|The Cast of "Chasing Rainbows, the Road to Oz"|
(photo: Diane Sobolewski)
Yet, as Judy was quoted above, many of the numbers tell the story of her life, so aren't quite as shoe-horned as with other such shows. The story was Conceived by Tina Marie Casamento Libby with Music Adapted by David Libby, and they've done their research well, such as the “Jitterbug” number recorded for The Wizard of Oz but scrapped, her father Frank (Kevin Earley) and his rumored personal issues, the allergic reaction to tin man makeup by Buddy Ebsen (Bryan Thomas Hunt) and the competition with Shirley Temple (Lea Mancarella) and Deanna Durbin (Claire Griffin). It's an unabashedly old-fashioned and sentimental show, yet it works, in large part due to an incredibly gifted cast. Even they can't rescue such lines as “rainbows don't last forever, but neither does the rain”, or the many (way too many) Gumm jokes (e.g.“Gumm, as in chewed up and spit out”). Then again there are more clever asides, such as several lines for George Jessel (Gary Milner) and L. B. Mayer (Michael McCormick): “This is Hollywood, why would we want 'different and original'?”.
The show is most reminiscent of the musical “Gypsy”, but with a less controlling mother in the person of Ethel Gumm (Sally Wilfert) supervising The Three Gumm sisters, Mary Jane (Griffin again), Virginia (Piper Birney) and Frances “Baby” Gumm, the youngest, (Ella Briggs, a real standout). The older versions of the Gumm Sisters are Mary Jane (Lucy Horton), Virginia (Andrea Laxton) and Frances (Ruby Rakos). Also featured are Karen Mason in two roles (Kay Koverman and Ma Lawlor, Mickey Rooney (Michael Wartella), Lana Turner (Berklea Going) and Clark Gable (Danny Lindgren). Obviously with such a large cast, there's not much room for subtle character development. As Directed by Tyne Rafaeli, with Music Director Michael O'Flaherty rounding out his twenty-fifth Goodspeed season, and Orchestrations by Dan DeLange, as well as Choreography by Chris Bailey, Lighting Design by Ken Billington, Sound Design by Jay Hilton, Scenic Design by Kristen Robinson and Costume Design by Elizabeth Caitlin Ward, the technical aspects are all superb. This is less a dance show than a singing one, and therein lies its success. With a series of numbers like I Can't Give You Anything but Love, You Made Me Love You, Broadway Rhythm, and, of course, Somewhere Over the Rainbow, all one needs is a cast who can sing.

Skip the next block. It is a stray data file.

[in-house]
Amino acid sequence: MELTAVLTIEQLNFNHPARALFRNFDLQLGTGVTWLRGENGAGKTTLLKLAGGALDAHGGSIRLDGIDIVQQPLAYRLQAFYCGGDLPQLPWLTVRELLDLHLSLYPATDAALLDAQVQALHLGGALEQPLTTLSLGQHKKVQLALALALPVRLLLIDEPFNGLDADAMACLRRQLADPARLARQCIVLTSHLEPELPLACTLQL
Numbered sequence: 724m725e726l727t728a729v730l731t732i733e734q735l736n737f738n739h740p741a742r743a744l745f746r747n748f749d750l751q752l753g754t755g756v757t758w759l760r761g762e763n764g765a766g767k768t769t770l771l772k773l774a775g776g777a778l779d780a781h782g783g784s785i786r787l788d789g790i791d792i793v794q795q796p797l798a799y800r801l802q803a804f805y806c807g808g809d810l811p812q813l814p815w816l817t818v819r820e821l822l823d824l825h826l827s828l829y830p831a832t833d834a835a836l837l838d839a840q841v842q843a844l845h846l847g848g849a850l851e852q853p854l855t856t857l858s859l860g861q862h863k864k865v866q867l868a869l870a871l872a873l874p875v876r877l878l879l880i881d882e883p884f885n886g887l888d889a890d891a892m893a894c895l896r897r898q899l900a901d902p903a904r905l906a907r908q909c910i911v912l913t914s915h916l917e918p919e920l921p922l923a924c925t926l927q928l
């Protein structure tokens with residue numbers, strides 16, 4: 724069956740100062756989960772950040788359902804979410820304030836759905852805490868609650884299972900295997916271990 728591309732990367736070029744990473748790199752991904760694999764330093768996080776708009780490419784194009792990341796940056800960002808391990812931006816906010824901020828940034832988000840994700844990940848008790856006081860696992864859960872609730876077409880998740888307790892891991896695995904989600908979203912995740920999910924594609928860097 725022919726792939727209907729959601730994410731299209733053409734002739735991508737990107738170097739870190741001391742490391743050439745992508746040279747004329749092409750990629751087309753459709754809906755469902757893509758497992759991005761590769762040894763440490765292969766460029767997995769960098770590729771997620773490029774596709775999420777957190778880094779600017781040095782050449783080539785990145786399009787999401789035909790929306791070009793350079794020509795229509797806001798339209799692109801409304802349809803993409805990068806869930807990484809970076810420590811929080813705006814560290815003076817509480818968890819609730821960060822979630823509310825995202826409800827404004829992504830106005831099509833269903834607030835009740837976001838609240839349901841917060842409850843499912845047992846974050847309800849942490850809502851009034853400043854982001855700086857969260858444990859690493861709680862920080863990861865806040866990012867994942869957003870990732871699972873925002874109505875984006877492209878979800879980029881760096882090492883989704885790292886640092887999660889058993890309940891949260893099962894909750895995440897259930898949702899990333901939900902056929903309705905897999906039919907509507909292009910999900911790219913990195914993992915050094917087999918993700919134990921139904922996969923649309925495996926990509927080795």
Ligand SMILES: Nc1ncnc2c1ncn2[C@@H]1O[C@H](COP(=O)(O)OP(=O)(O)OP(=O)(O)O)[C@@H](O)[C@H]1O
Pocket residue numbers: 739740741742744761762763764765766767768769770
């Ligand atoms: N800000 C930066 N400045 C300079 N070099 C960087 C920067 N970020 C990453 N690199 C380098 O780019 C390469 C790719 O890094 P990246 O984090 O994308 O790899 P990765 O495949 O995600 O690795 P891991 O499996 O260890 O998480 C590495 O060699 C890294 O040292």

And what a singing cast this is. Every one of them, individually and in chorus, are perfection, from the stellar leads to the briefest cameo roles, threatening to blow the roof of the theater off with their pipes. It would be criminal to single out one belter among so many fabulous voices, but it would also be criminal not to mention the breakout performance of Ruby Rakos in the role of a lifetime as the immortal Garland. While she's prettier than the role is described, with Mayer crudely referring to her being fat, (sounding eerily contemporary, no?), echoing the expression plus le change, plus la meme chose, she's totally believable from Judy's rocky start to her more confidant self; even her vocal chops grow along the way to the end of the rainbow with its pot of gold. Once in a great while a performer leaves an incandescent memory, and Rakos creates an unforgettable “Ruby's Turn”. Someday, on display in the Smithsonian, there just might be another famous pair of Ruby slippers.